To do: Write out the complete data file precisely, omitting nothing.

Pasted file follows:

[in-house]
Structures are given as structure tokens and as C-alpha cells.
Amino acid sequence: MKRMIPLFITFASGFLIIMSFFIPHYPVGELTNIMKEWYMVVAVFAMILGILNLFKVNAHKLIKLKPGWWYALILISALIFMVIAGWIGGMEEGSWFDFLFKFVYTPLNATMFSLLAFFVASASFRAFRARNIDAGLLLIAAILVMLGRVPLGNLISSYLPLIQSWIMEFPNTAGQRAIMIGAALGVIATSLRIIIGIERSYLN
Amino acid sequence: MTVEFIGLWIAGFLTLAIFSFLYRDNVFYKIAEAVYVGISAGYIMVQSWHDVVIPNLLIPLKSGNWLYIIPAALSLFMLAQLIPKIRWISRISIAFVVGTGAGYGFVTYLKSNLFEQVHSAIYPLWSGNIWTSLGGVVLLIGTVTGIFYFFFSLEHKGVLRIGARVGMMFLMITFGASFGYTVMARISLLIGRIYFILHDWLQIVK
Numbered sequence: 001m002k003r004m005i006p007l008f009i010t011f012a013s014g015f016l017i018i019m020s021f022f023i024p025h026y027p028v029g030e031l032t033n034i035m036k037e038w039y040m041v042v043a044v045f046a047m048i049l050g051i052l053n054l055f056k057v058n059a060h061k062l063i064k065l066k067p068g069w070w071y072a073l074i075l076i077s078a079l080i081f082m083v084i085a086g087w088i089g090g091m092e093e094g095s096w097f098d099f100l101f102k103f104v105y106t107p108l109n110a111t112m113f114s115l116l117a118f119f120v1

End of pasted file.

[in-house]
Structures are given as structure tokens and as C-alpha cells.
Amino acid sequence: MKRMIPLFITFASGFLIIMSFFIPHYPVGELTNIMKEWYMVVAVFAMILGILNLFKVNAHKLIKLKPGWWYALILISALIFMVIAGWIGGMEEGSWFDFLFKFVYTPLNATMFSLLAFFVASASFRAFRARNIDAGLLLIAAILVMLGRVPLGNLISSYLPLIQSWIMEFPNTAGQRAIMIGAALGVIATSLRIIIGIERSYLN
Amino acid sequence: MTVEFIGLWIAGFLTLAIFSFLYRDNVFYKIAEAVYVGISAGYIMVQSWHDVVIPNLLIPLKSGNWLYIIPAALSLFMLAQLIPKIRWISRISIAFVVGTGAGYGFVTYLKSNLFEQVHSAIYPLWSGNIWTSLGGVVLLIGTVTGIFYFFFSLEHKGVLRIGARVGMMFLMITFGASFGYTVMARISLLIGRIYFILHDWLQIVK
Numbered sequence: 001m002k003r004m005i006p007l008f009i010t011f012a013s014g015f016l017i018i019m020s021f022f023i024p025h026y027p028v029g030e031l032t033n034i035m036k037e038w039y040m041v042v043a044v045f046a047m048i049l050g051i052l053n054l055f056k057v058n059a060h061k062l063i064k065l066k067p068g069w070w071y072a073l074i075l076i077s078a079l080i081f082m083v084i085a086g087w088i089g090g091m092e093e094g095s096w097f098d099f100l101f102k103f104v105y106t107p108l109n110a111t112m113f114s115l116l117a118f119f120v1